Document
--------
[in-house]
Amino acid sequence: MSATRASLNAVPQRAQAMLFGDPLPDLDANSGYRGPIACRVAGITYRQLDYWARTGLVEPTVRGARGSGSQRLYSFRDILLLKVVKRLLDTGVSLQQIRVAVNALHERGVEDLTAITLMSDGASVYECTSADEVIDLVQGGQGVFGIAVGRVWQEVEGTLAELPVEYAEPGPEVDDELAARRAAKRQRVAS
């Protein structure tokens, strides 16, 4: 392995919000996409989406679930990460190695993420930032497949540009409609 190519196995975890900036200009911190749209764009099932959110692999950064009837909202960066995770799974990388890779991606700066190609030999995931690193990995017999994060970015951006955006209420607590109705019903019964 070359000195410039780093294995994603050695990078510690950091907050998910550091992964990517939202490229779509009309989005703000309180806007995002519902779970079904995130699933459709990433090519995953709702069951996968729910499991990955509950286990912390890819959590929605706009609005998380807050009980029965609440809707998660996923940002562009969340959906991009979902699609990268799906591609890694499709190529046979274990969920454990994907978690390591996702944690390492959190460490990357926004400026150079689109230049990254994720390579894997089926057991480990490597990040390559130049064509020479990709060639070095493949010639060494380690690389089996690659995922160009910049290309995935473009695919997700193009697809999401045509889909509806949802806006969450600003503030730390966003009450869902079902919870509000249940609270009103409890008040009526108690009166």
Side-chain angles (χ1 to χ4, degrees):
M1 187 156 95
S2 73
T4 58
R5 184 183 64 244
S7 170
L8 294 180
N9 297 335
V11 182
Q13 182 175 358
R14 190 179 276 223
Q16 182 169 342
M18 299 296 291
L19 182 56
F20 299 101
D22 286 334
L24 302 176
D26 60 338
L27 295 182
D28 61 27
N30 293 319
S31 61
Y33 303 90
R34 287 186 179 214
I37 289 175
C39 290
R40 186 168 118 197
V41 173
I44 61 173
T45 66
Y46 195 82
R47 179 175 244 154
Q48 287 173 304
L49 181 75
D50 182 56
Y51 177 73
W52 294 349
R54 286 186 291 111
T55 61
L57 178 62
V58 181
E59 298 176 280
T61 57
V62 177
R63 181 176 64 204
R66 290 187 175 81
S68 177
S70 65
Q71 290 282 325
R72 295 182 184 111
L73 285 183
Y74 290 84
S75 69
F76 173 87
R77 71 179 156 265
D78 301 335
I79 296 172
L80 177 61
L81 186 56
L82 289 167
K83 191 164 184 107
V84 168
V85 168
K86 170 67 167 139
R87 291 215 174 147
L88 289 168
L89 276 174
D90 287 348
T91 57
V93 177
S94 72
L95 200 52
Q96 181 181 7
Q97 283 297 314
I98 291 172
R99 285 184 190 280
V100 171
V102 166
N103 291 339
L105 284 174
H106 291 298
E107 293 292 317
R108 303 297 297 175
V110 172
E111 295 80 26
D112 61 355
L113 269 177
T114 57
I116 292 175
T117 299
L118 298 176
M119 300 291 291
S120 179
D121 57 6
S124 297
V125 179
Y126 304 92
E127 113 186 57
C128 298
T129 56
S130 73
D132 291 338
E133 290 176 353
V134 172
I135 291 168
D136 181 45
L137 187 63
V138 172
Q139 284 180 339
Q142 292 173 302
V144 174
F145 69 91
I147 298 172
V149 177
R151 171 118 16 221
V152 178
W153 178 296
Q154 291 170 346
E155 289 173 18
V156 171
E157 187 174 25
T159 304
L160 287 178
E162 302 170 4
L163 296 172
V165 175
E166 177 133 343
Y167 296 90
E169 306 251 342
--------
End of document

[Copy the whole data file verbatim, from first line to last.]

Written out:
[in-house]
Amino acid sequence: MSATRASLNAVPQRAQAMLFGDPLPDLDANSGYRGPIACRVAGITYRQLDYWARTGLVEPTVRGARGSGSQRLYSFRDILLLKVVKRLLDTGVSLQQIRVAVNALHERGVEDLTAITLMSDGASVYECTSADEVIDLVQGGQGVFGIAVGRVWQEVEGTLAELPVEYAEPGPEVDDELAARRAAKRQRVAS
């Protein structure tokens, strides 16, 4: 392995919000996409989406679930990460190695993420930032497949540009409609 190519196995975890900036200009911190749209764009099932959110692999950064009837909202960066995770799974990388890779991606700066190609030999995931690193990995017999994060970015951006955006209420607590109705019903019964 070359000195410039780093294995994603050695990078510690950091907050998910550091992964990517939202490229779509009309989005703000309180806007995002519902779970079904995130699933459709990433090519995953709702069951996968729910499991990955509950286990912390890819959590929605706009609005998380807050009980029965609440809707998660996923940002562009969340959906991009979902699609990268799906591609890694499709190529046979274990969920454990994907978690390591996702944690390492959190460490990357926004400026150079689109230049990254994720390579894997089926057991480990490597990040390559130049064509020479990709060639070095493949010639060494380690690389089996690659995922160009910049290309995935473009695919997700193009697809999401045509889909509806949802806006969450600003503030730390966003009450869902079902919870509000249940609270009103409890008040009526108690009166």
Side-chain angles (χ1 to χ4, degrees):
M1 187 156 95
S2 73
T4 58
R5 184 183 64 244
S7 170
L8 294 180
N9 297 335
V11 182
Q13 182 175 358
R14 190 179 276 223
Q16 182 169 342
M18 299 296 291
L19 182 56
F20 299 101
D22 286 334
L24 302 176
D26 60 338
L27 295 182
D28 61 27
N30 293 319
S31 61
Y33 303 90
R34 287 186 179 214
I37 289 175
C39 290
R40 186 168 118 197
V41 173
I44 61 173
T45 66
Y46 195 82
R47 179 175 244 154
Q48 287 173 304
L49 181 75
D50 182 56
Y51 177 73
W52 294 349
R54 286 186 291 111
T55 61
L57 178 62
V58 181
E59 298 176 280
T61 57
V62 177
R63 181 176 64 204
R66 290 187 175 81
S68 177
S70 65
Q71 290 282 325
R72 295 182 184 111
L73 285 183
Y74 290 84
S75 69
F76 173 87
R77 71 179 156 265
D78 301 335
I79 296 172
L80 177 61
L81 186 56
L82 289 167
K83 191 164 184 107
V84 168
V85 168
K86 170 67 167 139
R87 291 215 174 147
L88 289 168
L89 276 174
D90 287 348
T91 57
V93 177
S94 72
L95 200 52
Q96 181 181 7
Q97 283 297 314
I98 291 172
R99 285 184 190 280
V100 171
V102 166
N103 291 339
L105 284 174
H106 291 298
E107 293 292 317
R108 303 297 297 175
V110 172
E111 295 80 26
D112 61 355
L113 269 177
T114 57
I116 292 175
T117 299
L118 298 176
M119 300 291 291
S120 179
D121 57 6
S124 297
V125 179
Y126 304 92
E127 113 186 57
C128 298
T129 56
S130 73
D132 291 338
E133 290 176 353
V134 172
I135 291 168
D136 181 45
L137 187 63
V138 172
Q139 284 180 339
Q142 292 173 302
V144 174
F145 69 91
I147 298 172
V149 177
R151 171 118 16 221
V152 178
W153 178 296
Q154 291 170 346
E155 289 173 18
V156 171
E157 187 174 25
T159 304
L160 287 178
E162 302 170 4
L163 296 172
V165 175
E166 177 133 343
Y167 296 90
E169 306 251 342